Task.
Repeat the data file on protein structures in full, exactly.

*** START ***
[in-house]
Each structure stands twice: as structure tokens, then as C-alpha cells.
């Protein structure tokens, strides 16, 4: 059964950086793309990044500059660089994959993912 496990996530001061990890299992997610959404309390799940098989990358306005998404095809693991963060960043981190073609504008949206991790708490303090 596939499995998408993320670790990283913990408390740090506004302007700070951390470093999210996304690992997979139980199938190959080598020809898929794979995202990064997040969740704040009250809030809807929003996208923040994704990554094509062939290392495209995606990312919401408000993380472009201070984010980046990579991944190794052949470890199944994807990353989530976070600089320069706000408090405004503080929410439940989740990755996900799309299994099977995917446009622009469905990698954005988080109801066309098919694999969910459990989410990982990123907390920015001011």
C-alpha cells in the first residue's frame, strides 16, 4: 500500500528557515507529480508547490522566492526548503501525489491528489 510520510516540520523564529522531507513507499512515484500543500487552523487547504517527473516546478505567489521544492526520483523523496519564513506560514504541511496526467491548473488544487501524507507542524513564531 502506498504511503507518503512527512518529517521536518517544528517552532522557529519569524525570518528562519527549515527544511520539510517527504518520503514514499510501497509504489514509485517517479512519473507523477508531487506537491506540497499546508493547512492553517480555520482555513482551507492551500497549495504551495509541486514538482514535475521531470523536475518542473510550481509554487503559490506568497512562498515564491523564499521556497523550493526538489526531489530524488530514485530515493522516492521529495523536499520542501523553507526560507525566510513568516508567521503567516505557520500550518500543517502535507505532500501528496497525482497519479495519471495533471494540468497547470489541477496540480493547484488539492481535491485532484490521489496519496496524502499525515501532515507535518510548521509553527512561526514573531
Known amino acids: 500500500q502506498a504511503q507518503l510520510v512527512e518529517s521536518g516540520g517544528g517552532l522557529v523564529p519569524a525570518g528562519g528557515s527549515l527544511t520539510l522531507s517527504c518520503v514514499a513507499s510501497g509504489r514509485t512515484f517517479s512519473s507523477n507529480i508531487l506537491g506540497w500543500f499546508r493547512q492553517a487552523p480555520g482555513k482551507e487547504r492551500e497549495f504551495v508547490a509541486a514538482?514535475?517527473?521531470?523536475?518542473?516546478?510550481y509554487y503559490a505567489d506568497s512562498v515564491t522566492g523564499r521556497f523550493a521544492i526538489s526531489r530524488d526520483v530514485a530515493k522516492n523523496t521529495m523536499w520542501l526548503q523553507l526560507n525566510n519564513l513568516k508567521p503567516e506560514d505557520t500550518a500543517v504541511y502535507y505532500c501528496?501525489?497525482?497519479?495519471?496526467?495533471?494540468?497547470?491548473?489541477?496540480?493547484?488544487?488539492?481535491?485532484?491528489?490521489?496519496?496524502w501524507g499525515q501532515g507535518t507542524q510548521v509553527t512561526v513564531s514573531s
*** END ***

[in-house]
Each structure stands twice: as structure tokens, then as C-alpha cells.
């Protein structure tokens, strides 16, 4: 059964950086793309990044500059660089994959993912 496990996530001061990890299992997610959404309390799940098989990358306005998404095809693991963060960043981190073609504008949206991790708490303090 596939499995998408993320670790990283913990408390740090506004302007700070951390470093999210996304690992997979139980199938190959080598020809898929794979995202990064997040969740704040009250809030809807929003996208923040994704990554094509062939290392495209995606990312919401408000993380472009201070984010980046990579991944190794052949470890199944994807990353989530976070600089320069706000408090405004503080929410439940989740990755996900799309299994099977995917446009622009469905990698954005988080109801066309098919694999969910459990989410990982990123907390920015001011």
C-alpha cells in the first residue's frame, strides 16, 4: 500500500528557515507529480508547490522566492526548503501525489491528489 510520510516540520523564529522531507513507499512515484500543500487552523487547504517527473516546478505567489521544492526520483523523496519564513506560514504541511496526467491548473488544487501524507507542524513564531 502506498504511503507518503512527512518529517521536518517544528517552532522557529519569524525570518528562519527549515527544511520539510517527504518520503514514499510501497509504489514509485517517479512519473507523477508531487506537491506540497499546508493547512492553517480555520482555513482551507492551500497549495504551495509541486514538482514535475521531470523536475518542473510550481509554487503559490506568497512562498515564491523564499521556497523550493526538489526531489530524488530514485530515493522516492521529495523536499520542501523553507526560507525566510513568516508567521503567516505557520500550518500543517502535507505532500501528496497525482497519479495519471495533471494540468497547470489541477496540480493547484488539492481535491485532484490521489496519496496524502499525515501532515507535518510548521509553527512561526514573531
Known amino acids: 500500500q502506498a504511503q507518503l510520510v512527512e518529517s521536518g516540520g517544528g517552532l522557529v523564529p519569524a525570518g528562519g528557515s527549515l527544511t520539510l522531507s517527504c518520503v514514499a513507499s510501497g509504489r514509485t512515484f517517479s512519473s507523477n507529480i508531487l506537491g506540497w500543500f499546508r493547512q492553517a487552523p480555520g482555513k482551507e487547504r492551500e497549495f504551495v508547490a509541486a514538482?514535475?517527473?521531470?523536475?518542473?516546478?510550481y509554487y503559490a505567489d506568497s512562498v515564491t522566492g523564499r521556497f523550493a521544492i526538489s526531489r530524488d526520483v530514485a530515493k522516492n523523496t521529495m523536499w520542501l526548503q523553507l526560507n525566510n519564513l513568516k508567521p503567516e506560514d505557520t500550518a500543517v504541511y502535507y505532500c501528496?501525489?497525482?497519479?495519471?496526467?495533471?494540468?497547470?491548473?489541477?496540480?493547484?488544487?488539492?481535491?485532484?491528489?490521489?496519496?496524502w501524507g499525515q501532515g507535518t507542524q510548521v509553527t512561526v513564531s514573531s